Tim Seeley writes a darn good Batgirl book! You probably don’t need to read this tie-in to follow along with the Cat and Bat nuptials, but if you skipped it, you’d only be doing yourself a disservice. Even if this wasn’t a marginally wedding-themed plot, it makes for straight-up solid reading as a stand-alone comic.
The premise is that age-old one: figure out the puzzles or people die. The Riddler even remarks on the cliché of it, but it works anyway for the most part. He’s provided Batgirl with an analog player so that she can’t track or trace him, and so she’s running around the city listening to cassette tapes that simultaneously wax on about The Ridder’s life in relationships, the impending wedding, the Joker’s involvement in turning everything upside-down, and, gradually, the creepy realization that The Riddler maybe has the hots for Batgirl due to her intellect.
It’s as creepy as it sounds. And also as effective as it needs to be. And Batgirl runs the gauntlet like a champ: sussing out the riddles, following the clues, and ultimately confronting The Riddler face-to-face.
Nothing quite like a sociopathic egomaniac panting in your ear while you’re trying to rescue people!
The conceit of the cassette player works for the most part, but once Batgirl finds The Riddler (or rather, once she discovers he’s lying in wait for her), for some silly reason the headphones stay on and she continues to listen to his monologue as they duke it out. This was an unfortunate choice, i think. I was immediately burped out of the action by how little sense that made: why would Batgirl leave the phones on to distract her? How did The Riddler time it exactly so that he would be yapping on about this climactic stuff just as they engaged? Nope. Sorry Seeley.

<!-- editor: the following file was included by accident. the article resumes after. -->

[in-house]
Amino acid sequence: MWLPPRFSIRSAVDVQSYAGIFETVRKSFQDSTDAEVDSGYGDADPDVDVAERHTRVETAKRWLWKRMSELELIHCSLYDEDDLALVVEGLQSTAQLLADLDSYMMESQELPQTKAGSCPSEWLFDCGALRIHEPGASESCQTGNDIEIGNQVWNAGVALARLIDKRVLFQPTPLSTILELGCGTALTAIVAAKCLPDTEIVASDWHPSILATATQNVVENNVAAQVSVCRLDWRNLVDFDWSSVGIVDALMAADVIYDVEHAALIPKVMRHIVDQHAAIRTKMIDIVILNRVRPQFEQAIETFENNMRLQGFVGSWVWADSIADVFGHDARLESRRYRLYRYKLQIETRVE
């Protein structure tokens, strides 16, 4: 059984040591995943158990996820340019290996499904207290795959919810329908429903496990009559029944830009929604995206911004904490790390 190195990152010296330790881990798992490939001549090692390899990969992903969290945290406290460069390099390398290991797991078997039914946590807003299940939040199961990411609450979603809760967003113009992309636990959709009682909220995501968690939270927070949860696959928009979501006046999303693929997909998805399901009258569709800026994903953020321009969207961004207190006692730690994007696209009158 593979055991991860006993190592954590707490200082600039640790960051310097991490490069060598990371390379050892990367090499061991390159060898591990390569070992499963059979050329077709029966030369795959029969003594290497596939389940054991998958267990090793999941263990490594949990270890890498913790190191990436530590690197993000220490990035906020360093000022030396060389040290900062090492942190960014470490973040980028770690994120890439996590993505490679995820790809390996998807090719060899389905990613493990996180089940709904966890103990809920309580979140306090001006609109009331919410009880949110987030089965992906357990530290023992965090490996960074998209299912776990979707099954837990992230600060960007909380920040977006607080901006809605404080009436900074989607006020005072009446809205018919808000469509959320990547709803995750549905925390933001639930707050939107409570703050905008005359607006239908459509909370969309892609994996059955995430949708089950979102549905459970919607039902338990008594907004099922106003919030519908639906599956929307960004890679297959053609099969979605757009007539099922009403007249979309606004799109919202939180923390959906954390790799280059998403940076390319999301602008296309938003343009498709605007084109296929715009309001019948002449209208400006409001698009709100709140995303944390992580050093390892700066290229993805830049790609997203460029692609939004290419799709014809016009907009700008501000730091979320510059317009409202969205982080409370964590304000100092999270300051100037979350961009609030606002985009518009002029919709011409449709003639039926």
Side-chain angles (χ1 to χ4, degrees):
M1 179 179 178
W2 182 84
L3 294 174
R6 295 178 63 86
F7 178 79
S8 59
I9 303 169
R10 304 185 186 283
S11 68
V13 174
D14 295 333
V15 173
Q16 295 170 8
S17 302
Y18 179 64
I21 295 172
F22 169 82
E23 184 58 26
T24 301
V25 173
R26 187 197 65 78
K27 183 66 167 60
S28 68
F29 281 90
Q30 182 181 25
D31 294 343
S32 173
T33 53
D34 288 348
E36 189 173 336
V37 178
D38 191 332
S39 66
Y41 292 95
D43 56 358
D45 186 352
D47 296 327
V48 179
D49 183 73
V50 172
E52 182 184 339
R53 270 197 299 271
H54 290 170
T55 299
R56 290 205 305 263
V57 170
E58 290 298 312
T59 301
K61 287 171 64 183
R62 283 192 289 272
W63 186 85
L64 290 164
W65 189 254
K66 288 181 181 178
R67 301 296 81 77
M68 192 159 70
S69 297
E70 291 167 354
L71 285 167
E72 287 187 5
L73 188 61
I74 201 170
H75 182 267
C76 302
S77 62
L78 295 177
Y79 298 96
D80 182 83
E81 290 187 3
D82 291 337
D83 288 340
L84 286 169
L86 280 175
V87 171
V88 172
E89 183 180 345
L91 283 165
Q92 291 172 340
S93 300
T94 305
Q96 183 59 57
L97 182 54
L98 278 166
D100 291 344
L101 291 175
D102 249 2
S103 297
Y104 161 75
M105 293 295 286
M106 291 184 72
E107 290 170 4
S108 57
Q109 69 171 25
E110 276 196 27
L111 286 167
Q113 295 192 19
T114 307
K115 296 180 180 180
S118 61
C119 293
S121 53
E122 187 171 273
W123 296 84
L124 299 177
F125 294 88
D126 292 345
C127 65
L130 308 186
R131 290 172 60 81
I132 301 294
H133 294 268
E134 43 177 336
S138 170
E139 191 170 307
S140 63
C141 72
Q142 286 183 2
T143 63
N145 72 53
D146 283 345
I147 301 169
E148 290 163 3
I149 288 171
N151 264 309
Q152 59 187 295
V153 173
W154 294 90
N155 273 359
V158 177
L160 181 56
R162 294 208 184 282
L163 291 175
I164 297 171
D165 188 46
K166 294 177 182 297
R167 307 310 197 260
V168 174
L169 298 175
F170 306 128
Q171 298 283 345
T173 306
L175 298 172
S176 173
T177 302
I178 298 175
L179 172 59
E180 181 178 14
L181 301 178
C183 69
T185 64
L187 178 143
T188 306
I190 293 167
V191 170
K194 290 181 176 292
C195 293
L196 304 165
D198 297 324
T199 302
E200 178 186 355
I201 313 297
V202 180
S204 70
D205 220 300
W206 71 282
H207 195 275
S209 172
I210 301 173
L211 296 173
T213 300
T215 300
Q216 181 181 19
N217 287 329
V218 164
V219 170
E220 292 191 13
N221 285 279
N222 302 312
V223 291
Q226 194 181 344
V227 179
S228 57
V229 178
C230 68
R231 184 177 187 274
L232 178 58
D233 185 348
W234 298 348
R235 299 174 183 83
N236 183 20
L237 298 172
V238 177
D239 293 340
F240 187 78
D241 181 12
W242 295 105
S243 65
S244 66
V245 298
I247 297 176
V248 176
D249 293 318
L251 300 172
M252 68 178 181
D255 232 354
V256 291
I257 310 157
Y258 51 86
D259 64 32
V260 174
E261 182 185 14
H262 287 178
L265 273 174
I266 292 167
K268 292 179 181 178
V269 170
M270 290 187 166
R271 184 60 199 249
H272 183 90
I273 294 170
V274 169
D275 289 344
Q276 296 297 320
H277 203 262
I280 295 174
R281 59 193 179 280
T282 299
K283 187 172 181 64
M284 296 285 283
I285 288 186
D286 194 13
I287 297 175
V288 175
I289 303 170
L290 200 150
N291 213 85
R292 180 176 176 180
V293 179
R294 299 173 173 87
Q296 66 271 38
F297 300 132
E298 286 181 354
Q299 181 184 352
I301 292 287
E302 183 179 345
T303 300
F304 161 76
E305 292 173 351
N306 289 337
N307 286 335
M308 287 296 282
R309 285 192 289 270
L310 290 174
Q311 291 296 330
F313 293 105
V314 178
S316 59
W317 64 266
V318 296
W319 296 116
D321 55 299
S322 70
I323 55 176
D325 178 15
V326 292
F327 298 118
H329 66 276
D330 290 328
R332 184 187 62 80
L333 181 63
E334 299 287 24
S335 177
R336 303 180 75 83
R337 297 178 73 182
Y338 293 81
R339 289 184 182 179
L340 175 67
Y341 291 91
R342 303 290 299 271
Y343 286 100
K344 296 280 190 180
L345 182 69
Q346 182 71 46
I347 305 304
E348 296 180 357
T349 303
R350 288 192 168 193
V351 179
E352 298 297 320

And what an easy fix for the headphones to come off and The Riddler to just say all this stuff live and in-person. Maybe I’m missing some subtle demand for it to have gone down this way, but for dramatic effect, I think having the words come out of his mouth rather than off a cassette player would have been much more fearsome, bizarre, and dangerous.
So what about all the big questions? No, I don’t mean the riddles, I mean the three biggest teases of this book. I have to drop them all under a spoiler, though I’m guessing most of you have read this book already and I’m sure you caught them:
- Batgirl’s coming off yet another failed relationship. I immediately rolled my eyes at this one, but no sooner had my eyeballs made their revolution than I saw that it was going somewhere with purpose: the reintroduction of Dick Grayson as a love interest for Babs. And not just any love interest, but her one true love. It felt like a cruel tease at first, but by the end of the book, Babs is on the phone with Dick, casually asking him out. Can I get a tween squee from the pigeon gallery?